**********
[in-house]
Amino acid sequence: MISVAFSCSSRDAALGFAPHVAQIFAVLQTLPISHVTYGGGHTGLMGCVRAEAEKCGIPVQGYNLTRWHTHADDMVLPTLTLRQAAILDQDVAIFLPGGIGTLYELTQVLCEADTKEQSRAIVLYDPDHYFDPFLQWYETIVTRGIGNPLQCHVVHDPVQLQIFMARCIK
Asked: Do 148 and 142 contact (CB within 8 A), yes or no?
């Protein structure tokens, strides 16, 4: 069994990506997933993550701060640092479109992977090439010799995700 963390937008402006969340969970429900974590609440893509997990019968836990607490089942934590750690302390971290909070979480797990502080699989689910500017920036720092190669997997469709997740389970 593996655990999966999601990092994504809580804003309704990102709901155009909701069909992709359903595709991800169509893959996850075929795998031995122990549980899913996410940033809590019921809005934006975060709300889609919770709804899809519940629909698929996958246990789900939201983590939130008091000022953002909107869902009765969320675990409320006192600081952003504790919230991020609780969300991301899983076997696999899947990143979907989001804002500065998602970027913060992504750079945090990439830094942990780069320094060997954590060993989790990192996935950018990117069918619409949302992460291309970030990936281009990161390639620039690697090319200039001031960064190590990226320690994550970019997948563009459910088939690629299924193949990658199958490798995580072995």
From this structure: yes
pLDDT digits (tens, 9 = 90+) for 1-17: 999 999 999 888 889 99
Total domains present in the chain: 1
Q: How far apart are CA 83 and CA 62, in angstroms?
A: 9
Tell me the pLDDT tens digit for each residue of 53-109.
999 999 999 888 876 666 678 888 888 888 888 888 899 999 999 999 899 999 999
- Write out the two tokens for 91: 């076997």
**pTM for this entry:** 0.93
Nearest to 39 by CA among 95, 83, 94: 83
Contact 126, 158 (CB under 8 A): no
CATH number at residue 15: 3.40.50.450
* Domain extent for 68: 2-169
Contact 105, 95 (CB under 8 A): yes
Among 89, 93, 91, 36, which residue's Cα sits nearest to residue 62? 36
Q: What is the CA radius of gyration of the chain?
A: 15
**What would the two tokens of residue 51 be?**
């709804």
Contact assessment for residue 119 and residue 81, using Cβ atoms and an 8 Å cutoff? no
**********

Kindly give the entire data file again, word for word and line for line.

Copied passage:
[in-house]
Amino acid sequence: MISVAFSCSSRDAALGFAPHVAQIFAVLQTLPISHVTYGGGHTGLMGCVRAEAEKCGIPVQGYNLTRWHTHADDMVLPTLTLRQAAILDQDVAIFLPGGIGTLYELTQVLCEADTKEQSRAIVLYDPDHYFDPFLQWYETIVTRGIGNPLQCHVVHDPVQLQIFMARCIK
Asked: Do 148 and 142 contact (CB within 8 A), yes or no?
């Protein structure tokens, strides 16, 4: 069994990506997933993550701060640092479109992977090439010799995700 963390937008402006969340969970429900974590609440893509997990019968836990607490089942934590750690302390971290909070979480797990502080699989689910500017920036720092190669997997469709997740389970 593996655990999966999601990092994504809580804003309704990102709901155009909701069909992709359903595709991800169509893959996850075929795998031995122990549980899913996410940033809590019921809005934006975060709300889609919770709804899809519940629909698929996958246990789900939201983590939130008091000022953002909107869902009765969320675990409320006192600081952003504790919230991020609780969300991301899983076997696999899947990143979907989001804002500065998602970027913060992504750079945090990439830094942990780069320094060997954590060993989790990192996935950018990117069918619409949302992460291309970030990936281009990161390639620039690697090319200039001031960064190590990226320690994550970019997948563009459910088939690629299924193949990658199958490798995580072995």
From this structure: yes
pLDDT digits (tens, 9 = 90+) for 1-17: 999 999 999 888 889 99
Total domains present in the chain: 1
Q: How far apart are CA 83 and CA 62, in angstroms?
A: 9
Tell me the pLDDT tens digit for each residue of 53-109.
999 999 999 888 876 666 678 888 888 888 888 888 899 999 999 999 899 999 999
- Write out the two tokens for 91: 């076997």
**pTM for this entry:** 0.93
Nearest to 39 by CA among 95, 83, 94: 83
Contact 126, 158 (CB under 8 A): no
CATH number at residue 15: 3.40.50.450
* Domain extent for 68: 2-169
Contact 105, 95 (CB under 8 A): yes
Among 89, 93, 91, 36, which residue's Cα sits nearest to residue 62? 36
Q: What is the CA radius of gyration of the chain?
A: 15
**What would the two tokens of residue 51 be?**
């709804």
Contact assessment for residue 119 and residue 81, using Cβ atoms and an 8 Å cutoff? no